18               36 (11 M, 25 F)                    291 +/- 33*           197 +/- 19*

* = p < 0.05 vs. control progeny

# = p < 0.01 vs. control progeny

Applicant's summary and conclusion

Intramuscular administration of 20 mg Ni3S2 to pregnant rats resulted in lower progeny body weights relative to progeny of control dams. This exposure had no significant effect upon litter size, the development of congenital malformations, or progeny mortality rates.
Executive summary:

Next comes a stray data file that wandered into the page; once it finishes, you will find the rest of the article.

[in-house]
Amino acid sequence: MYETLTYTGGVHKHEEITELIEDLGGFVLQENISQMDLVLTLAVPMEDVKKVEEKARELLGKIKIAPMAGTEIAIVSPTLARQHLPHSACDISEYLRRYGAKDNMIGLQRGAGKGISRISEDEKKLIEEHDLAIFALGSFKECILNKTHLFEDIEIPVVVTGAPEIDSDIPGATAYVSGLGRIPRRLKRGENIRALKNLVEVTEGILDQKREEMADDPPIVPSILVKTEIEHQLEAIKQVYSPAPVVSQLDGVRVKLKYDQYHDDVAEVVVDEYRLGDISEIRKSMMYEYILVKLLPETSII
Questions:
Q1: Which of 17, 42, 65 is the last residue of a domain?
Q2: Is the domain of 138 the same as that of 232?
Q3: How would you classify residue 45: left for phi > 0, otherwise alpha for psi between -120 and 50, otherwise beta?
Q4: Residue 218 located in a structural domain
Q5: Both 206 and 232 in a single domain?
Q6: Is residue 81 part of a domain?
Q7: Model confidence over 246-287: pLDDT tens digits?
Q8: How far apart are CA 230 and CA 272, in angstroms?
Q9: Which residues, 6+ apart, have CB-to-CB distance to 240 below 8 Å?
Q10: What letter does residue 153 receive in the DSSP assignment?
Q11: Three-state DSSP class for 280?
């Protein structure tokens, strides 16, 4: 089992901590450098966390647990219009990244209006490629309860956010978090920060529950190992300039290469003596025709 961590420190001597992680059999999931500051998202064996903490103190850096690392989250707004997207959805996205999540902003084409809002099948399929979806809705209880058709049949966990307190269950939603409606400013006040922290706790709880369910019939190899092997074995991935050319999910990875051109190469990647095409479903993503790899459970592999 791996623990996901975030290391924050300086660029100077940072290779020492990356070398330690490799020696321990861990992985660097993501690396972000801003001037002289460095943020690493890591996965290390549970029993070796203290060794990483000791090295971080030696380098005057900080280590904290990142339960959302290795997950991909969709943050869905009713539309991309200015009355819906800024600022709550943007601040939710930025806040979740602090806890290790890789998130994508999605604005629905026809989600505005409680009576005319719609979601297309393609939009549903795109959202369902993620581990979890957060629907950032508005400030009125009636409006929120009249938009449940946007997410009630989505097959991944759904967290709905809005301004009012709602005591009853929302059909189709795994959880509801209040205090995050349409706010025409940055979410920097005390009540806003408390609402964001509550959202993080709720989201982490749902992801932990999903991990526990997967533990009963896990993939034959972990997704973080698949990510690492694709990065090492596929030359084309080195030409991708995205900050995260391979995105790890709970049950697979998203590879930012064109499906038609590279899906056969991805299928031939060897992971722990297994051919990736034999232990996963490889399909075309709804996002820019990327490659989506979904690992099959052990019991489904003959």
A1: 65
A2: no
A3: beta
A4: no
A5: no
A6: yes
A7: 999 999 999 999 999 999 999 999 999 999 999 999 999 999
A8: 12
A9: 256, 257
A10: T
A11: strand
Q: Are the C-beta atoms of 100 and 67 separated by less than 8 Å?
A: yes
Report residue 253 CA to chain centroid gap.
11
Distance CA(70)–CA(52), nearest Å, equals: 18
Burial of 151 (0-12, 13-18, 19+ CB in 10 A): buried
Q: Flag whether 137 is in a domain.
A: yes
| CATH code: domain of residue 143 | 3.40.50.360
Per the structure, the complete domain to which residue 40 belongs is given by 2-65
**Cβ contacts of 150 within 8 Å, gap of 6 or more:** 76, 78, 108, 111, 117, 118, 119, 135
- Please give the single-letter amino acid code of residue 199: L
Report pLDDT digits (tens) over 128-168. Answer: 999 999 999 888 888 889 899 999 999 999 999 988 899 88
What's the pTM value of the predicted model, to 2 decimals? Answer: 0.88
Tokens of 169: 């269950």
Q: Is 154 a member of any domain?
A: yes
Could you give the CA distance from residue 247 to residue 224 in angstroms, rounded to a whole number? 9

Sunderman et al. (1981) studied the potential for Ni3S2 to induce transplacental carcinogenicity by exposing 8 pregnant Fischer rats on day 6 of gestation to 20 mg Ni3S2 via i.m. injection into the right thigh; control dams received a similar injection of a penicillin vehicle. Gestation day 0 was determined when the presence of sperm was observed in vaginal smears following the cohousing of 3 female rats with 1 male rat. There were 50 offspring (17 males, 33 females) born to Ni3S2-treated dams and 53 offspring (29 males, 24 females) of control dams. The only notable effect observed was lower progeny body weights relative to progeny of control dams; no treatment-related effects on litter size, the development of congenital malformations, progeny mortality rates, or incidences of non-neoplastic lesions or tumors in the progeny were noted. The results of this particular gestational exposure design indicated that Ni3S2 was not embryotoxic or teratogenic, although the decrease in progeny body weight relative to control suggests some degree of developmental toxicity is associated with Ni3S2. See the Carcinogenicity Section for findings related to carcinogenicity in progeny. STUDY RATED BY AN INDEPENDENT REVIEWER